One of the most interesting wrinkles of the Tax Cuts and Jobs Act, passed last December, was the creation of Opportunity Zones.

According to the IRS, Opportunity Zones are particular distressed communities throughout the country in need of economic revitalization.? Under a nomination process completed in June 2018, 8,761 communities in all 50 states, the District of Columbia, and five U.S. territories were designated as qualified Opportunity Zones.? Investing in an Opportunity Zone can provide substantial tax benefits to an investor, namely deferral on capital gains tax.

Investors may defer tax on almost any capital gain up to Dec. 31, 2026 by making an appropriate investment in a zone, making an election after December 21, 2017, and meeting other requirements.

Generally, to qualify for deferral, the amount of a capital gain to be deferred must be invested in a Qualified Opportunity Fund (QOF), which must be an entity treated as a partnership or corporation for Federal tax purposes and organized in any of the 50 states, D.C. or five U.S. territories for the purpose of investing in qualified opportunity zone property.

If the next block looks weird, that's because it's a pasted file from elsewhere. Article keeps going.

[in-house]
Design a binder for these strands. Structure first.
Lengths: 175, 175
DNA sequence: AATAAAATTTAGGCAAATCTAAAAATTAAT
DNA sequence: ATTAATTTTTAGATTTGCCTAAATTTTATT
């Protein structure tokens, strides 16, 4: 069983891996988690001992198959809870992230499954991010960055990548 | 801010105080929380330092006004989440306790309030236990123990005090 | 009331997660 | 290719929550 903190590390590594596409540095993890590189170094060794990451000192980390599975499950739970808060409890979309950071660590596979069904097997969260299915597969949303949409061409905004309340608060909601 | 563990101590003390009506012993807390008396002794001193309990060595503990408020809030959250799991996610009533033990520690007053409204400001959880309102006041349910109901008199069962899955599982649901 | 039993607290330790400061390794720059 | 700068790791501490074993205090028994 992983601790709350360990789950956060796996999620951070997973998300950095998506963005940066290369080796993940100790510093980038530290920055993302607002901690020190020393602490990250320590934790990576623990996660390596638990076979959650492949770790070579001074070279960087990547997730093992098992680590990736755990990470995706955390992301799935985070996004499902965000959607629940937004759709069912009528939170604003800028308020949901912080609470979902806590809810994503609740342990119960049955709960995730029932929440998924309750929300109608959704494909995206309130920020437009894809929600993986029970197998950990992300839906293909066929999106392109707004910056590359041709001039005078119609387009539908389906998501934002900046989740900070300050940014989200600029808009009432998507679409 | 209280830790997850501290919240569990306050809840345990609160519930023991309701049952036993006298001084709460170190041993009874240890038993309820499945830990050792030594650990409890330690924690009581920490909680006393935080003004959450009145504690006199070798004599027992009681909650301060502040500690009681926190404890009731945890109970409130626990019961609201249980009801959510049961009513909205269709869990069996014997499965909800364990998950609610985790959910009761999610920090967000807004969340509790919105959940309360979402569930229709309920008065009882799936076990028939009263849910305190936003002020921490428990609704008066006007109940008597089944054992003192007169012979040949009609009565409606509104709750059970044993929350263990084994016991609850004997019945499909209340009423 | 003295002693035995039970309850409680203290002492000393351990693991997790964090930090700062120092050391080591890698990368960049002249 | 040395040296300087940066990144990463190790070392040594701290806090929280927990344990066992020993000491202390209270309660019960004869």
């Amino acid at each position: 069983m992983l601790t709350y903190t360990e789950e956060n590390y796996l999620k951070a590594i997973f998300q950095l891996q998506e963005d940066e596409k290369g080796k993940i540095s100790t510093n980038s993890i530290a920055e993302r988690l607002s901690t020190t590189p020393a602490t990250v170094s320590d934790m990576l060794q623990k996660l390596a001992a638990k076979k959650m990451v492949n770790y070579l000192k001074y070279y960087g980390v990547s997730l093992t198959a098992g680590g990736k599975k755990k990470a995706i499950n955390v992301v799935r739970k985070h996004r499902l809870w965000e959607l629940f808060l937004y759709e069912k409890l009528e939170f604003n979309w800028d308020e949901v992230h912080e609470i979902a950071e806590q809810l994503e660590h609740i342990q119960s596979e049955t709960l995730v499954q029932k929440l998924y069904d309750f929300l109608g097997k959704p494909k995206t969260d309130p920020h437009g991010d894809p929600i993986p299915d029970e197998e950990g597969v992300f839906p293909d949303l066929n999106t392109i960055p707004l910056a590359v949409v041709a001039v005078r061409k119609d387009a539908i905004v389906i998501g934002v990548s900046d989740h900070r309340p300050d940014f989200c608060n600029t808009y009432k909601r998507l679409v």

The QOF must hold at least 90 percent of its assets in qualified Opportunity Zone property.? ?Investors who hold their QOF investment for at least 10 years may qualify to increase their basis to the fair market value of the investment on the date it is sold, which would effectively eliminate any capital gains tax on the appreciation.

Here is a list of FAQs regarding Opportunity Zones published by the IRS:


Massachusetts residents may be interested to know that in May 2018, Governor Baker?s formal recommendation of 138 Opportunity Zones were all approved by the U.S Treasury Department.? Here is a link to that press release, in additional to the list of approved Opportunity Zone municipalities in the Commonwealth: